Well, not that much of a mystery actually. Federal prosecutors are trying to find out more about the "apparent free flow of millions of dollars" to former press baron Conrad Black from his wife Barbara Amiel, according to the latest report
Remember, Black, who has pleaded not guilty to plundering millions of dollars from his Hollinger International media empire, is due to stand trial in March and for all intents and purposes now, he is a man of no apparent means of income.
Questions have already been asked about how he has been paying his bills, including $9000 for someone to do the garden.
So in his latest filing, Black has revealed Amiel lent him $2.3 million from January through to April.
"Essentially, it appears that whenever Black needs money, his wife (or at the very least her corporation) stands ready to provide millions of dollars in cash without so much as a promissory note," they told U.S. District Judge Amy J. St. Eve.
That's on top of the "loans" from friends and the proceeds of sales of mystery shares.
It must be love!
But then Amiel, the jobbing journalist who married Black, is a complicated kind of woman, as revealed by former Toronto Star and Macleans editor Peter Newman in his book Here Be Dragons.
Newman doesn't pull any punches either. And it makes Juicy reading.
Consider this extract from Macleans back in 2004.
"What I didn't count on was the extent to which Barbara would use her striking appearance to further her career. She was the sort of woman who kept spilling out of her dresses, then blamed the dresses. In her private life, she readily confessed that she had "run amok among many lives," but desperately wanted to be taken seriously for her professional attitude. She was often the enemy of her promise. You don't advertise your intellect by sashaying to work in thigh-high boots, a tight sweater tucked into tighter jeans held up by a heavy leather belt dripping with metal studs. She reportedly proclaimed that clothes were her "sexual armour," which didn't really justify her wardrobe, since it was a come-on instead of a deterrent…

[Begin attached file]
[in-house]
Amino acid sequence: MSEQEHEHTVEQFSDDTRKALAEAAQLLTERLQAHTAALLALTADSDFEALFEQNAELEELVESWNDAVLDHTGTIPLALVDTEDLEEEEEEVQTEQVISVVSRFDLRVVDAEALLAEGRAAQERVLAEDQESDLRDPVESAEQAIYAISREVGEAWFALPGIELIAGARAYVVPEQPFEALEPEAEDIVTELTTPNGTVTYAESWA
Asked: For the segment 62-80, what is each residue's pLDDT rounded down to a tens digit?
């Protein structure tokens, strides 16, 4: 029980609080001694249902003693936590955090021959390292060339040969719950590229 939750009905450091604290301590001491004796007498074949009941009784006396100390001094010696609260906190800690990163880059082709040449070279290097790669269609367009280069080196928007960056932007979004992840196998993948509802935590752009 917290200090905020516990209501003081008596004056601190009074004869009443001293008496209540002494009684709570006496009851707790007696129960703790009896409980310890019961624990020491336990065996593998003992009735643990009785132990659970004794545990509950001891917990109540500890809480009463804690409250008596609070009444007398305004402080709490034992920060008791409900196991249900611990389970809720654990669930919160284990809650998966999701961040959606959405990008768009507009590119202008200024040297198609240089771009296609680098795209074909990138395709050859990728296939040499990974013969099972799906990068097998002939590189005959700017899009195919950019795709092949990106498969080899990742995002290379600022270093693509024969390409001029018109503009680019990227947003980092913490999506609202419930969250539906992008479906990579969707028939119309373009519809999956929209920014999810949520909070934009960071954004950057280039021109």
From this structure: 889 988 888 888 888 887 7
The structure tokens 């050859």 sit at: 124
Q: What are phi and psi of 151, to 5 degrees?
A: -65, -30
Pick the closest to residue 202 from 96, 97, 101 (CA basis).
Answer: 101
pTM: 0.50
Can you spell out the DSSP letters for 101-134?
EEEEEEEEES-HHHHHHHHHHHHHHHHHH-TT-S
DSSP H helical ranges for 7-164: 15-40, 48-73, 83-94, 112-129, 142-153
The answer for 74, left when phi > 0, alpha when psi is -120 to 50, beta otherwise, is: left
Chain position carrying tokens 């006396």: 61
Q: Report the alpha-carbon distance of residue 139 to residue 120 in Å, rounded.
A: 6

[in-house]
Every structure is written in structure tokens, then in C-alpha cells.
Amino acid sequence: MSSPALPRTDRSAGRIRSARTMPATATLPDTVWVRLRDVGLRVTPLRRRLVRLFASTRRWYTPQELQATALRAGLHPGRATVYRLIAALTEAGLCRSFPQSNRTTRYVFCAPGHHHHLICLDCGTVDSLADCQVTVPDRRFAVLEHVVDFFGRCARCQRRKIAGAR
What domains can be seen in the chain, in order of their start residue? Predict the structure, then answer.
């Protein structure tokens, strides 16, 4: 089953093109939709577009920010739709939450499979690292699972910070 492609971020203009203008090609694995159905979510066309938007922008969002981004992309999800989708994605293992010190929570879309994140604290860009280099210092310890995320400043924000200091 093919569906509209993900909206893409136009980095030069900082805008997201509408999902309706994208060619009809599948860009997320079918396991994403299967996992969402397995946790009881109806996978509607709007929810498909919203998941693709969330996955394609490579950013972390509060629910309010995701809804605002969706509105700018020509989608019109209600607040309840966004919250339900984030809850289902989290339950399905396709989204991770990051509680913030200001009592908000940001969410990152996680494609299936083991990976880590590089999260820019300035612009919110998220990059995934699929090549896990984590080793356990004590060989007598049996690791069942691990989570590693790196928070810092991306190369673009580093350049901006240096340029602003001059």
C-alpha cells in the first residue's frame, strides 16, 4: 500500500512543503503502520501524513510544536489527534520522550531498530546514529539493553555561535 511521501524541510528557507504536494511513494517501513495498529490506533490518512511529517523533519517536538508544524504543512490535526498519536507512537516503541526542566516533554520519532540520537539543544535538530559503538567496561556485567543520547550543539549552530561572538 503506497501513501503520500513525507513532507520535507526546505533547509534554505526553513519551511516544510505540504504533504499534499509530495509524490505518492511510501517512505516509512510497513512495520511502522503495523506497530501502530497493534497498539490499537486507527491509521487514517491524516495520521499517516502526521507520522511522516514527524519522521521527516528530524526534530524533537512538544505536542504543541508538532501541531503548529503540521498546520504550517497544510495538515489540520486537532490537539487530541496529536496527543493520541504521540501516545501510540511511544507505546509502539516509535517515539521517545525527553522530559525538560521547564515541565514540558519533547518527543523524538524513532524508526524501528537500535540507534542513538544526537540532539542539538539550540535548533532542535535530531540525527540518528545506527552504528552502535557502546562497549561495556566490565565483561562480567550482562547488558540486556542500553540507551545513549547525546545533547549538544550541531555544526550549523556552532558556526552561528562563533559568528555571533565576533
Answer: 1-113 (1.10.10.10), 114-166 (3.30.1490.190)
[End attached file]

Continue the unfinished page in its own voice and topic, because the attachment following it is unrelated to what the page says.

"She was Josephine to Conrad Black's Napoleon, a middle-class ethnic girl with matchless ambitions but limited hopes of entering high society, until she captivated a powerful man who would make her his empress, from which heights she could dictate fashions, organize literary salons and influence tastes and ideas. Conversely, he was the tactical genius who became a bumbling nerd when confronted by an alluring woman. Nearly four years older than Conrad, she looked 20 years his junior..
"Why did Conrad marry Barbara? For several reasons, according to his most intimate confidants: for one, she was his intellectual soulmate; for another, she introduced him to the delights of oral sex. To watch them together at the height of their renown was to witness a mesmerizing ballet of sensuality and power. She moved inside Conrad's field of force, trembling like a magnetic compass needle, her high spirits in harmony with his. She had his number; with her, he was reborn."
Obviously real soul-mates there.